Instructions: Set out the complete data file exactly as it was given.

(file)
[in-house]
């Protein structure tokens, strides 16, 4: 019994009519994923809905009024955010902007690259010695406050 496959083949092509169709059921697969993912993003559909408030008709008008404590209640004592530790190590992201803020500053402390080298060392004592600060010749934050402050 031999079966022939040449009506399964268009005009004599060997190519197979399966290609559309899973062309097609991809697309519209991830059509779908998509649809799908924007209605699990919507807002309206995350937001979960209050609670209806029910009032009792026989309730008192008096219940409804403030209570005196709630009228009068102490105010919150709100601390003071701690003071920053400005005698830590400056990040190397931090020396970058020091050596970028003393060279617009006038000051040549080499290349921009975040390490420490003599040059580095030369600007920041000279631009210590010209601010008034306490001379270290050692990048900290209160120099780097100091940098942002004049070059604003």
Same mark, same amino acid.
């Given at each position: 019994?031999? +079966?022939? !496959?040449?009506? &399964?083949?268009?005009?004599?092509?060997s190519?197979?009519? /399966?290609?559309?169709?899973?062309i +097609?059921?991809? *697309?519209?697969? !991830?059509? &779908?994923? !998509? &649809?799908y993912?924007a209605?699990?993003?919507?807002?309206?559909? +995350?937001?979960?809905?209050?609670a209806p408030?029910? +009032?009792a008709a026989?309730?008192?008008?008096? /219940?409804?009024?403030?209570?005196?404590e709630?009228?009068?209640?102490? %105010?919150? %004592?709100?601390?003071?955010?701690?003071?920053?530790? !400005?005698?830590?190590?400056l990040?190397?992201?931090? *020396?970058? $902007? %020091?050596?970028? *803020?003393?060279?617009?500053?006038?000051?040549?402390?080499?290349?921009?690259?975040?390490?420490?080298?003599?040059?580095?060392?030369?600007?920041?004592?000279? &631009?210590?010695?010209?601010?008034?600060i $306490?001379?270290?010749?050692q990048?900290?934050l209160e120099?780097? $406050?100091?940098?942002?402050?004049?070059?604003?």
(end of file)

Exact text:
[in-house]
């Protein structure tokens, strides 16, 4: 019994009519994923809905009024955010902007690259010695406050 496959083949092509169709059921697969993912993003559909408030008709008008404590209640004592530790190590992201803020500053402390080298060392004592600060010749934050402050 031999079966022939040449009506399964268009005009004599060997190519197979399966290609559309899973062309097609991809697309519209991830059509779908998509649809799908924007209605699990919507807002309206995350937001979960209050609670209806029910009032009792026989309730008192008096219940409804403030209570005196709630009228009068102490105010919150709100601390003071701690003071920053400005005698830590400056990040190397931090020396970058020091050596970028003393060279617009006038000051040549080499290349921009975040390490420490003599040059580095030369600007920041000279631009210590010209601010008034306490001379270290050692990048900290209160120099780097100091940098942002004049070059604003």
Same mark, same amino acid.
């Given at each position: 019994?031999? +079966?022939? !496959?040449?009506? &399964?083949?268009?005009?004599?092509?060997s190519?197979?009519? /399966?290609?559309?169709?899973?062309i +097609?059921?991809? *697309?519209?697969? !991830?059509? &779908?994923? !998509? &649809?799908y993912?924007a209605?699990?993003?919507?807002?309206?559909? +995350?937001?979960?809905?209050?609670a209806p408030?029910? +009032?009792a008709a026989?309730?008192?008008?008096? /219940?409804?009024?403030?209570?005196?404590e709630?009228?009068?209640?102490? %105010?919150? %004592?709100?601390?003071?955010?701690?003071?920053?530790? !400005?005698?830590?190590?400056l990040?190397?992201?931090? *020396?970058? $902007? %020091?050596?970028? *803020?003393?060279?617009?500053?006038?000051?040549?402390?080499?290349?921009?690259?975040?390490?420490?080298?003599?040059?580095?060392?030369?600007?920041?004592?000279? &631009?210590?010695?010209?601010?008034?600060i $306490?001379?270290?010749?050692q990048?900290?934050l209160e120099?780097? $406050?100091?940098?942002?402050?004049?070059?604003?």